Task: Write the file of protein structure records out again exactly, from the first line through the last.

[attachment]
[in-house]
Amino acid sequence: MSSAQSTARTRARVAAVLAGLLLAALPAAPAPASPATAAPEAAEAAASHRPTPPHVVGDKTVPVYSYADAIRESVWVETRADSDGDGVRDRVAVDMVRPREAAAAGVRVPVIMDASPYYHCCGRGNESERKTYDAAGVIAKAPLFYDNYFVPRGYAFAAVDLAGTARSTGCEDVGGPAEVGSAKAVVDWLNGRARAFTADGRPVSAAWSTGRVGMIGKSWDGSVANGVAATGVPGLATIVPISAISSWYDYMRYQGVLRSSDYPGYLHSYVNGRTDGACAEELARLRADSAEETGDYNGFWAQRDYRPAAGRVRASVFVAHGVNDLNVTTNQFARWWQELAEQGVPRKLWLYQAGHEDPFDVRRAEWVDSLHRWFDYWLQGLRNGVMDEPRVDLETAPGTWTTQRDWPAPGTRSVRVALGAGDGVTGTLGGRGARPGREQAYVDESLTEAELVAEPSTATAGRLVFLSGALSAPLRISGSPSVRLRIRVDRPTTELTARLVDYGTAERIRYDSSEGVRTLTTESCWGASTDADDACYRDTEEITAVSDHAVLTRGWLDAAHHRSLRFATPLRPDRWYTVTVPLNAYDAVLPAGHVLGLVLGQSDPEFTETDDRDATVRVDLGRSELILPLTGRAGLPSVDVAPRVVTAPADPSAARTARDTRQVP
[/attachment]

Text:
[in-house]
Amino acid sequence: MSSAQSTARTRARVAAVLAGLLLAALPAAPAPASPATAAPEAAEAAASHRPTPPHVVGDKTVPVYSYADAIRESVWVETRADSDGDGVRDRVAVDMVRPREAAAAGVRVPVIMDASPYYHCCGRGNESERKTYDAAGVIAKAPLFYDNYFVPRGYAFAAVDLAGTARSTGCEDVGGPAEVGSAKAVVDWLNGRARAFTADGRPVSAAWSTGRVGMIGKSWDGSVANGVAATGVPGLATIVPISAISSWYDYMRYQGVLRSSDYPGYLHSYVNGRTDGACAEELARLRADSAEETGDYNGFWAQRDYRPAAGRVRASVFVAHGVNDLNVTTNQFARWWQELAEQGVPRKLWLYQAGHEDPFDVRRAEWVDSLHRWFDYWLQGLRNGVMDEPRVDLETAPGTWTTQRDWPAPGTRSVRVALGAGDGVTGTLGGRGARPGREQAYVDESLTEAELVAEPSTATAGRLVFLSGALSAPLRISGSPSVRLRIRVDRPTTELTARLVDYGTAERIRYDSSEGVRTLTTESCWGASTDADDACYRDTEEITAVSDHAVLTRGWLDAAHHRSLRFATPLRPDRWYTVTVPLNAYDAVLPAGHVLGLVLGQSDPEFTETDDRDATVRVDLGRSELILPLTGRAGLPSVDVAPRVVTAPADPSAARTARDTRQVP